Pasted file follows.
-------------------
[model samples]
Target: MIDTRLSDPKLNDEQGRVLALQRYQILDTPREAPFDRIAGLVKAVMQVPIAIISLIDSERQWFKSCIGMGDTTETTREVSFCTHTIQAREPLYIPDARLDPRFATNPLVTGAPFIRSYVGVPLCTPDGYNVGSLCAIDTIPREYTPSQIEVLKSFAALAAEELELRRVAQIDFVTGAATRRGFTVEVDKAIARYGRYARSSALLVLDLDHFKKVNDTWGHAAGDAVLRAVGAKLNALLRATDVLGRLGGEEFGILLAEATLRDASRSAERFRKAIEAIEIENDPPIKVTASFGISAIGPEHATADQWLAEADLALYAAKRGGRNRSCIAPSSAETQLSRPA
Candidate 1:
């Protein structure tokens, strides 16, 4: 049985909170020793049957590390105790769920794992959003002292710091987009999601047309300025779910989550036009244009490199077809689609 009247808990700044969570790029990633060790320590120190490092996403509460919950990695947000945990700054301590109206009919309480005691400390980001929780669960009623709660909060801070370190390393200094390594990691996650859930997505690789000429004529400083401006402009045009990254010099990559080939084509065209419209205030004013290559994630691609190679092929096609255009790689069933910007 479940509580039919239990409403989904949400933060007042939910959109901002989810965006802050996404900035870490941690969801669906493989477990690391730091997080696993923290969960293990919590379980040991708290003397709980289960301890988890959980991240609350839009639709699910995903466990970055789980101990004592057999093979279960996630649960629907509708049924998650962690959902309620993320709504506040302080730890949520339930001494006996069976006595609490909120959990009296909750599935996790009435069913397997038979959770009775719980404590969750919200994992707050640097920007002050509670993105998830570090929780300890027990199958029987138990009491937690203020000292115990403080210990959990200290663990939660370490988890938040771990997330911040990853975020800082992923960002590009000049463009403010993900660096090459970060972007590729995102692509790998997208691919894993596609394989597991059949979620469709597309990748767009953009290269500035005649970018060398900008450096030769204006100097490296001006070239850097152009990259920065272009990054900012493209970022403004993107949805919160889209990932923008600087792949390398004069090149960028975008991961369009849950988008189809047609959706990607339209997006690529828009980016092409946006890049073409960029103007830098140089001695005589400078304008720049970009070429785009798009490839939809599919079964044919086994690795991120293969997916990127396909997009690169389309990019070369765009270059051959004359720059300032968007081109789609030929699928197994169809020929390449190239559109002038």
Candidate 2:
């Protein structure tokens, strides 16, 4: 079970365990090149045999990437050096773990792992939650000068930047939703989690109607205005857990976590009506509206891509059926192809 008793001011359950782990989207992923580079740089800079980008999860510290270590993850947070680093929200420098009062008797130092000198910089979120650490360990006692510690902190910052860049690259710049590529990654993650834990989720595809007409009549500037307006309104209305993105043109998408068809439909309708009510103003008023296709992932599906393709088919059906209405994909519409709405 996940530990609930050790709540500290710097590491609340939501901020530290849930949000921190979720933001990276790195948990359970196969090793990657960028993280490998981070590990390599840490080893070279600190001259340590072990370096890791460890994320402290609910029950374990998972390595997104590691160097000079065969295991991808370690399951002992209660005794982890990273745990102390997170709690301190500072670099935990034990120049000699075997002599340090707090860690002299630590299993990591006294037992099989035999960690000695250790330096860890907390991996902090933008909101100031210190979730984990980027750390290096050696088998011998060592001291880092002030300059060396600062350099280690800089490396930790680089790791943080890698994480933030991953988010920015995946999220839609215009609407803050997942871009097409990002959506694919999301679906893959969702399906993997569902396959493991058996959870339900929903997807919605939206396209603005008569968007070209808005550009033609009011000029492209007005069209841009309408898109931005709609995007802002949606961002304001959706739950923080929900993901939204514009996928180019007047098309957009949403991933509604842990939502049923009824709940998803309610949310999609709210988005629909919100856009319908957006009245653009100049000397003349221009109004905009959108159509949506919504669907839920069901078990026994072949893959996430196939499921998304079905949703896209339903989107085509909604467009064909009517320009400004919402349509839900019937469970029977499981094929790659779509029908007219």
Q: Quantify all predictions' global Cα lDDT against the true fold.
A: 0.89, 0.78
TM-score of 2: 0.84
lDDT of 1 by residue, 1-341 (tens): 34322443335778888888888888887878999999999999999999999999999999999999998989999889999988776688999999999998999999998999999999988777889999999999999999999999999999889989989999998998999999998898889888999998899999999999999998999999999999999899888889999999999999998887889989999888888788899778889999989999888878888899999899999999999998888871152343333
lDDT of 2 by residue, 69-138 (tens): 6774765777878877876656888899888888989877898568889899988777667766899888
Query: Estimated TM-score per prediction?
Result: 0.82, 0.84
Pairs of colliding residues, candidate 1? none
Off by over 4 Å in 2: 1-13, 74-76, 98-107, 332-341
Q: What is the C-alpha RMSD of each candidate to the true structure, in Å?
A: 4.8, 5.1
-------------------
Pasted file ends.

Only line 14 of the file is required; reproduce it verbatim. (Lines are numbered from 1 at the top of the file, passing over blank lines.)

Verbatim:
Pairs of colliding residues, candidate 1? none